Cons of Swapping to a Composting Head
The head is a bit taller, so the “comfort factor” of having your feet lower can play a role (it does not for me, but seems to more for men).
You have to empty the urine bin often and should check it each time before you take a leak. It sucks when it overflows (yes, we’ve already done that).
Some people have told us they worry about violating some old boat regulation that requires you have a holding tank. In the U.S., a composting head is a USCG-sanctioned Type III marine sanitation device, so you’re fine here. With respect to other countries, as one follower said: “I would argue the composting head is a holding tank.” Smart guy. My lawyer brain would agree with that. We’ve never heard of anyone ever actually being cited or otherwise penalized under this alleged old regulation.
It may prove difficult to urinate on certain tacks. (But the simple fix for this I will call the “Mia Rule” above: straighten the boat out for a minute, do your business, get back on tack).
You have to find a place to dump your compost roughly once a month. While underway, you can throw it overboard anywhere outside three nautical miles from the nearest land. While ashore, you can (if you want the earth to get some use out of it) donate it to any garden, flowerbed, or natural earthy area, or otherwise safely dispose of it. Simply follow local regulations and good judgment when disposing anywhere.
So, let’s dig into this already as I want to share the full details or our install and hopefully dispel any erroneous myths you all my have about composting heads. If you may recall, this entire project emanated (ooh, great word) just as the smell did on our boat one morning when we inadvertently overflowed our holding tank. Good times.
Here is a link to that Facebook thread if you want to read everyone’s input on swapping to a composting head.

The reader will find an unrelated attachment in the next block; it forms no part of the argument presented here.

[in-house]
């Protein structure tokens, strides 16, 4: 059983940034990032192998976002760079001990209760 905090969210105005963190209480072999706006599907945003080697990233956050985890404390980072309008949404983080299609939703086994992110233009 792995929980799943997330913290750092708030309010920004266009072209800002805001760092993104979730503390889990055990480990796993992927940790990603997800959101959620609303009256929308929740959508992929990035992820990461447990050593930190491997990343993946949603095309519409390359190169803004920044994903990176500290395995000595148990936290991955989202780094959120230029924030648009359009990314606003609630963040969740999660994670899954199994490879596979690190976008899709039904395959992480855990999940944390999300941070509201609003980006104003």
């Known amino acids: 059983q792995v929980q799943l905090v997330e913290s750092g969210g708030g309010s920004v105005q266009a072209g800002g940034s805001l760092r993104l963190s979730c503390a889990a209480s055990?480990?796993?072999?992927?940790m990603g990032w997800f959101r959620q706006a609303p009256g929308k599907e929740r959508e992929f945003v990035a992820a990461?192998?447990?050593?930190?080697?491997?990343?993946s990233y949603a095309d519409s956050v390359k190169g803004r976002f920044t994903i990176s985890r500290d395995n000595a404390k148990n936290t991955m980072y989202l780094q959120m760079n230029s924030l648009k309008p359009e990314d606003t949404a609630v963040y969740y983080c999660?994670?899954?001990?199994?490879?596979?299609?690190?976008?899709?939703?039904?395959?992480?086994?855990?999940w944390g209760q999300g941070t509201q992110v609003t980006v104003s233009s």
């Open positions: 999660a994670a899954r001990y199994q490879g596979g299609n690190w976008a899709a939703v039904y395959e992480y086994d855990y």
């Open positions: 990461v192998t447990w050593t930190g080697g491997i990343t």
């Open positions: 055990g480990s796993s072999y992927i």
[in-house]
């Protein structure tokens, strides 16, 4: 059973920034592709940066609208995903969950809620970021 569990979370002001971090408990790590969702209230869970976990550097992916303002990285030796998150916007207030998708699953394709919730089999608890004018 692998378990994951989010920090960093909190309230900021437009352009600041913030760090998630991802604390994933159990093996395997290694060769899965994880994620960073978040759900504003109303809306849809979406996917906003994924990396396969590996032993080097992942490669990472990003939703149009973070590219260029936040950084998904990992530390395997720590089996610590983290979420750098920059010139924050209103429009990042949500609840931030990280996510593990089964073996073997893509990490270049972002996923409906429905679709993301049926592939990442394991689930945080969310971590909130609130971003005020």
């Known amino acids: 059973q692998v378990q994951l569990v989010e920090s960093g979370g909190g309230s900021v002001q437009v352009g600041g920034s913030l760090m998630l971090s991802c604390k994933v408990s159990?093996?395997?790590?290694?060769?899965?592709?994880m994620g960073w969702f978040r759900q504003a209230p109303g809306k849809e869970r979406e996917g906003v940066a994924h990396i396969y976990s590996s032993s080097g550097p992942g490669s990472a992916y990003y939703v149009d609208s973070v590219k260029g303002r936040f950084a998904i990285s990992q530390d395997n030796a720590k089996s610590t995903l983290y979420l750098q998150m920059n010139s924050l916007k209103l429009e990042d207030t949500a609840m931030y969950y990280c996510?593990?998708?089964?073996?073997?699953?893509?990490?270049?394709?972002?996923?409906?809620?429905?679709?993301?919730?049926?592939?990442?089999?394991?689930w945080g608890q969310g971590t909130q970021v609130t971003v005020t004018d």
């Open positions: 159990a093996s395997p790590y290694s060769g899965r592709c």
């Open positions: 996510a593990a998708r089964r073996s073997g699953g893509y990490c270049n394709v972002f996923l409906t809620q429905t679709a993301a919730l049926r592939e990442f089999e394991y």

We were on our way back from the Bahamas and, after talking to many cruisers about it, primarily Russell and Lynn, we decided no more turd tank and we added it to our Post-Bahamas Boat Projects. But, simply deciding to explore the option does not make it possible on our boat. We do have a rather small area in our head. Our first obstacle in all of this was size. Was a composting head going to fit?
After researching all three major brands (C-head, Airhead, and Nature’s Head), we found the Airhead met our needs aesthetically and size-wise. The Airhead was a bit more stylish (I now know toilets can be stylish) than the C-head and was not quite as monstrous as the Nature’s Head. I sent these initial photos to the folks at Airhead asking their thoughts. Our main concern was our platform, which is approximately 12” aft, but it narrows down to only 4” going forward. The flat area we were working with was really rather small.
Geoff at Airhead got back to me immediately and asked for more information about our space back there. I did some more measuring and created this rough diagram for him.
Geoff, before he even knew we would be a customer, took the time to create a CAD drawing showing various configurations where he thought the Airhead, with the “hull shape” on the back (to match our slanted hull), would work.
These diagrams gave us confidence, but it was still a tough call to make because you cannot really tell whether the composting head is going to fit nicely in your head until you remove the old toilet. But, you don’t really want to remove the old toilet until you know … It was a bit of a Catch 22. But, we had a friend who owns a Catalina 28 (the one we helped deliver back in 2017) who had just made the decision to swap to a composting head and he let us “play around” with his (man, that sounds awful) by holding it up in our current space.
It looked do-able, so Phillip finally gave me the go. We ordered our Airhead to have it in time while we would be in the shipyard this past summer and could do the install. Annie’s first solo job when we hauled out was to remove the old head.
“I’m all over it!” Shipyard Annie said!
Thankfully, the old toilet was far easier to remove than I imagined. Day One at the shipyard, even after we hauled out, dropped the rudder and removed the engine exhaust elbow, there was still a couple of hours for Annie to get this beast off. I was thrilled to find it was only mounted with four bolts on the bottom plate and there is a hose that goes to the pump (to pull raw water into the bowl, which, like I said, we never did because we heard it contributed to smell).